John Newman
The Village Clocksmith
Old Prattvillage
Prattville, Alabama

Note concerning questions not related to Allexperts:  Because of my commitment to answering Allexperts questions within a prescribed time limit and the large backlog of clock work at my shop, I regret that I cannot answer personal email questions on a timely basis, other than Allexperts follow up questions.  I will try to answer these emails as soon as I can. Thank you for your patience.  

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John Newman


As much as I would like to offer values of clocks, I am not a certified appraiser and will not venture into giving an unresearched guess. There is very little published information on what I consider to be the value of "modern production clocks". Considerations are what the clock originally sold for, the condition of the case and movement, and particularly the area in which you live, the demand and the economy. ALSO, WATCHES ARE NOT MY FIELD. However, I can advise the clock owner on proper maintenance of a clock to keep it running, small corrections and adjustments and how to move a clock without damaging it. I can also advise on obtaining parts for clocks. It helps if you can send any information on the clock movement which is usually found on the back plate of the movement. I have been a clockmaker for about 35 years and was plant engineer in the mid 90's and later operations and engineering consultant at Emperor Clock Company in Fairhope, Alabama. I now have my own clock shop.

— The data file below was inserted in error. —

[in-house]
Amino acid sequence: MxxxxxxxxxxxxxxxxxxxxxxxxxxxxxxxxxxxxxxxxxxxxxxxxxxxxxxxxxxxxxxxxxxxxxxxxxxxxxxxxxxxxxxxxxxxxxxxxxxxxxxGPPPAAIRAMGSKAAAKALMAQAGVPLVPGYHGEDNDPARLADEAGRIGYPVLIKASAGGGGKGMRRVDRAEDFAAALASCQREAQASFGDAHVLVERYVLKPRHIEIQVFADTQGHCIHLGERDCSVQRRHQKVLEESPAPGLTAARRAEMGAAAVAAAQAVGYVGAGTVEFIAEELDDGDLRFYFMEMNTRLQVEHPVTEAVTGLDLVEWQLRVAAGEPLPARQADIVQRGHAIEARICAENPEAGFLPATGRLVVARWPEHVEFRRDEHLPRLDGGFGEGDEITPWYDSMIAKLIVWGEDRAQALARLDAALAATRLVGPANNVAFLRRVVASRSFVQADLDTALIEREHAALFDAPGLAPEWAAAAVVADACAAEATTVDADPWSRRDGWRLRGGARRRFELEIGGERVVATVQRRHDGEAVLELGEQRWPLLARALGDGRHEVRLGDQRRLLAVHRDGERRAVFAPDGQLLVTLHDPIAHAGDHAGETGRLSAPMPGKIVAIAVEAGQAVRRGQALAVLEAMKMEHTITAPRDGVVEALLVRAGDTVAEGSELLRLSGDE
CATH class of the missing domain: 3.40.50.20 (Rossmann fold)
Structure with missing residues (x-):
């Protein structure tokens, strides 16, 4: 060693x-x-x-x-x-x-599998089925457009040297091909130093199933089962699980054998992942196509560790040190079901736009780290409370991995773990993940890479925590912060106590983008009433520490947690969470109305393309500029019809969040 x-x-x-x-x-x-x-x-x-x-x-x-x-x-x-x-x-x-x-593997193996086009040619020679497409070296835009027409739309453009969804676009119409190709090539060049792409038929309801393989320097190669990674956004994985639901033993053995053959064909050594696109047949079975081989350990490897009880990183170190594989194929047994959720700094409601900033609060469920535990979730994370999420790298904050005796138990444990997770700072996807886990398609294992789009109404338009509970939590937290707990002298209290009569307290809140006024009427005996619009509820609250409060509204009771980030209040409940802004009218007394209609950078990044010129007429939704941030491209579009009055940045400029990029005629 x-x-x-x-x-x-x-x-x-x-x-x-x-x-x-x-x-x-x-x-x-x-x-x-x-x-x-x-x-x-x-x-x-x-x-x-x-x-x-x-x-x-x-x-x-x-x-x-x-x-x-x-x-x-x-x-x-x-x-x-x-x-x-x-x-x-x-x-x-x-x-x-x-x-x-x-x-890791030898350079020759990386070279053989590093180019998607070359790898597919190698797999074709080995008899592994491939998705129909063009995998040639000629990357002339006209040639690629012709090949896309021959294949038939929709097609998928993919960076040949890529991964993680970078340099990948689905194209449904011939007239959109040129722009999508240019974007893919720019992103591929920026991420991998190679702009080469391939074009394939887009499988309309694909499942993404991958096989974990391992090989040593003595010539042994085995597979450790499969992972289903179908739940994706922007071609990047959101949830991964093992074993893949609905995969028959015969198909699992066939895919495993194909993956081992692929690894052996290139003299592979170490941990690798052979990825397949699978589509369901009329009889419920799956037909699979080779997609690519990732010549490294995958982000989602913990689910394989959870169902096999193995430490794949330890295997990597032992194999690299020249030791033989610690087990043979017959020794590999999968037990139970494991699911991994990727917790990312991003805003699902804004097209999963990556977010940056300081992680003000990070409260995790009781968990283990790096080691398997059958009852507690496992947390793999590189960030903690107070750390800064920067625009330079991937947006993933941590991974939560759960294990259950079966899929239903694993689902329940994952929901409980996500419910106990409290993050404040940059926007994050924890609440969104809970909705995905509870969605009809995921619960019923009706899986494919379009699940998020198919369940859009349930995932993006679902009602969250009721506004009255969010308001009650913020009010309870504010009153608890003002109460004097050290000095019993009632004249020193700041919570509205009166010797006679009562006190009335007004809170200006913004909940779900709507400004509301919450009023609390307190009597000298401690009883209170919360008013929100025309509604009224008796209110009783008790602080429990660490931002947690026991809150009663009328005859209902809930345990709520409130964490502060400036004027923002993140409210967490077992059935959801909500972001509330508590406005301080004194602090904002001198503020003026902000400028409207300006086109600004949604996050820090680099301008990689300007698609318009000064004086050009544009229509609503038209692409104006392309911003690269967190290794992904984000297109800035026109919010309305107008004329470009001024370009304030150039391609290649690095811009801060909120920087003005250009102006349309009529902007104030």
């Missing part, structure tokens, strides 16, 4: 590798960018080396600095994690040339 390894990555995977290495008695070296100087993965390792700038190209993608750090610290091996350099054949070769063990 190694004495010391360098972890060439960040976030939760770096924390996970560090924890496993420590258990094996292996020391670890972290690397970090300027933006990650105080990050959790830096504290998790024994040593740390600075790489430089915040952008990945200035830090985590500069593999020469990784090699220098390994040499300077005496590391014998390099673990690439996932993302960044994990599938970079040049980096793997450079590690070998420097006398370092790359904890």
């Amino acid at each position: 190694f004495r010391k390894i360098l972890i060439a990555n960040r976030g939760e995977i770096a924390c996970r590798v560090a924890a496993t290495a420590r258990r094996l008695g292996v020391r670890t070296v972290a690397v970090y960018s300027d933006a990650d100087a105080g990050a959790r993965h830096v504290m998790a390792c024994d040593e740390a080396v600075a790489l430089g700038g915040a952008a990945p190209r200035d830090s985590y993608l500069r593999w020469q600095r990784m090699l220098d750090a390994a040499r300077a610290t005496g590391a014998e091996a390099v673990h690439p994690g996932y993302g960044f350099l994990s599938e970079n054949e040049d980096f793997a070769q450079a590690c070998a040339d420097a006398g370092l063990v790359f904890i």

One of my greatest accomplishments was traveling to China to assist a clock factory in building clocks to the standards which we required. With the proper specifications and quality control, some beautiful clock cases were built. The factory people from the wood carvers to the plant manager were very congenial, friendly and I left a lot of wonderful friends when I returned from my trips.

NAWCC (National Association of Watch and Clock Collectors) 30 years Prattville, Alabama Chamber of Commerce

Horological Times, a publication of the American Watch and Clockmakers Instute. Collaberated column author, with Photos and ideas for clock movement conversion article.

Associate of Science Mechanical Engineering Technology Emperor Introductory Clock Repair (Eventually taught a portion of the class after becoming employee)

Awards and Honors
Small Business of the Quarter (Prattville, Alabama) Leadership Class of 2009 (Autauga County, Alabama)